Initial vocational education and training in Germany

Figure 3:	IVET in Germany. Source: BIBB/Pütz 2003: 8.

The dual apprenticeship system is the core of Germany’s initial vocational education and training structure (IVET). It is called “dual system” since education and training is provided by both vocational schools and companies. Most of the approx. 350 training programmes take 3 years, however there are some exceptions taking 2 or 3.5 years. Apprentices who are trained under an approved training contract receive remuneration for the whole training period. Successful completion of a programme entitles the trainee to practise an occupation as qualified skilled workers in their recognised training occupations.

(Full-time) vocational schools include full-time vocational schools, a wide range of specialised VET schools (e.g. vocational/trade and technical grammar schools, vocational secondary schools, health care schools, schools for midwifery), and country-specific vocational schools. Full-time vocational schools provide both full and part vocational qualifications. Most schools offer double degree training programmes which provide a vocational qualification and specific school leaving exams. However, receiving both qualifications prerequisites additional requirements (e.g. additional language courses).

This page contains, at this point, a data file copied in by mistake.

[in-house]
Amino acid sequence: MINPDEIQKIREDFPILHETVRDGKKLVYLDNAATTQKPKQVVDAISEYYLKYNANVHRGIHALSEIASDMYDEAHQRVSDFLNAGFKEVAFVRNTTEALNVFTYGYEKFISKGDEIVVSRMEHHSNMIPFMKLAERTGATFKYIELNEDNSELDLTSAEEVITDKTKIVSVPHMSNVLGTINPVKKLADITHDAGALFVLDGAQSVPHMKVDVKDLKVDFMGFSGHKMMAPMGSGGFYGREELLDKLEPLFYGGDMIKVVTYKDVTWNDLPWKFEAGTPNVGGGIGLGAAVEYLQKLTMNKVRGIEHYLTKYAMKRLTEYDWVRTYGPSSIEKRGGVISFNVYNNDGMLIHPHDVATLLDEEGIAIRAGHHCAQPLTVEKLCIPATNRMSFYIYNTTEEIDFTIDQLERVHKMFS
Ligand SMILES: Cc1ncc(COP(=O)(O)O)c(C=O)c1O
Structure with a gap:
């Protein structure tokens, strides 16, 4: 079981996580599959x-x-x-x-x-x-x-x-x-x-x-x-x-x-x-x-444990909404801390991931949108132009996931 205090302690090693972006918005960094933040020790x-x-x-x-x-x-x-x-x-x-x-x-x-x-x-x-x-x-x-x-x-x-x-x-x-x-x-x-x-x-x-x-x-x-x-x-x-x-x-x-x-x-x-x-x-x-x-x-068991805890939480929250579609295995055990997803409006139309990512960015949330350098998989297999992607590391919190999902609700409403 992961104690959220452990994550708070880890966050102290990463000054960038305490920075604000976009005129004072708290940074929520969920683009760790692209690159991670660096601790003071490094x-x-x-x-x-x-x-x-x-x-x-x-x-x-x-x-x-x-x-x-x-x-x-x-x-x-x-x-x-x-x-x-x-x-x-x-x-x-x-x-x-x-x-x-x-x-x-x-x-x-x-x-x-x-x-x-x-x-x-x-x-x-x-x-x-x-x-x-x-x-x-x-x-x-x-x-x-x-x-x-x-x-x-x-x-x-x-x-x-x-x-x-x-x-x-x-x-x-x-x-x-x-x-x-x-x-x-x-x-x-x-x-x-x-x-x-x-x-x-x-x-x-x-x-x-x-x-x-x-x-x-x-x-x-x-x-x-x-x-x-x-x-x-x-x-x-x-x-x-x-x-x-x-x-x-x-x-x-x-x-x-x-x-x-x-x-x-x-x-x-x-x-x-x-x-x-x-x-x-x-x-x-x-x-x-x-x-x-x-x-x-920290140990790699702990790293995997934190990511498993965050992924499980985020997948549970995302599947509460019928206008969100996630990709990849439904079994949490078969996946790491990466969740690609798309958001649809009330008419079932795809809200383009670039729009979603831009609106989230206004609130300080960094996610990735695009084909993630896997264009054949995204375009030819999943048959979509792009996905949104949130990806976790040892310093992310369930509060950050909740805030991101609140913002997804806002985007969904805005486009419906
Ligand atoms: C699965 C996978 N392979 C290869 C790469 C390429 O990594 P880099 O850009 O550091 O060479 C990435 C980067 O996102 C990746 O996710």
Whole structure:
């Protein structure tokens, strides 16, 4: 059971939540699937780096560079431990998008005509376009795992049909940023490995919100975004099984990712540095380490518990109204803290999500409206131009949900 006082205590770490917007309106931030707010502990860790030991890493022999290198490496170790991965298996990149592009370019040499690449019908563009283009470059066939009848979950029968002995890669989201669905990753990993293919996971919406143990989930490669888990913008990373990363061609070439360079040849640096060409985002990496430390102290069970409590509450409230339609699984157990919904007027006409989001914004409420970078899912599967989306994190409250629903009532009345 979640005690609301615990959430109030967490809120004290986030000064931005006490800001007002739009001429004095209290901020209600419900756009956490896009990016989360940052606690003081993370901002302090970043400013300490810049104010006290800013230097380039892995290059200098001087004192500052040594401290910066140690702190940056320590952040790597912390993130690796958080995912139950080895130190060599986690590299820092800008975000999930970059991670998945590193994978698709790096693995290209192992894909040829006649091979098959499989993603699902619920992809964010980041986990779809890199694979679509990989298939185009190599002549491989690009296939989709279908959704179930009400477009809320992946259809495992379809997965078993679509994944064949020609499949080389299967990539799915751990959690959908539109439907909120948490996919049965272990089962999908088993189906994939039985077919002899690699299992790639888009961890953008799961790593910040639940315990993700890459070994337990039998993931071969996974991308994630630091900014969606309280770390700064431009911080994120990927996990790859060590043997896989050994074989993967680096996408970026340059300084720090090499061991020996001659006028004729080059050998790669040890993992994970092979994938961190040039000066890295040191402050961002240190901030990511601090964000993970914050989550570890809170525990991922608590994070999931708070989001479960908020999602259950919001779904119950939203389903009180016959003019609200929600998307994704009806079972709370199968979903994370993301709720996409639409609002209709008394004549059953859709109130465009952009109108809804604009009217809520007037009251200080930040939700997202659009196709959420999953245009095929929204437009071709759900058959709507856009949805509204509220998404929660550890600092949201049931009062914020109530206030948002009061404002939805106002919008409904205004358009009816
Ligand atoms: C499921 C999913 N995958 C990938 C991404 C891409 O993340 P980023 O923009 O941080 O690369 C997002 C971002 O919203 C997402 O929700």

Basic vocational education can be completed either in a one-year full-time vocational school or in a one-year training programme that combines in-company training and school-based training called basic vocational training year or foundation vocational training year (Berufsgrundbildungsjahr, BGJ). The BGJ provides basic education in a particular occupational field (e.g. metalworking techniques, business and administration). Successful completion of the BGJ can be credited as first year of vocational training in the training occupations assigned to the relevant occupational field.

The pre-vocational training year (Berufsgrundbildungsjahr, BVJ) is a one-year full-time training programme to prepare young people for vocational training. Additionally, trainees may complete lower secondary general education since most of the BVJ trainees do not have any school leaving certificate.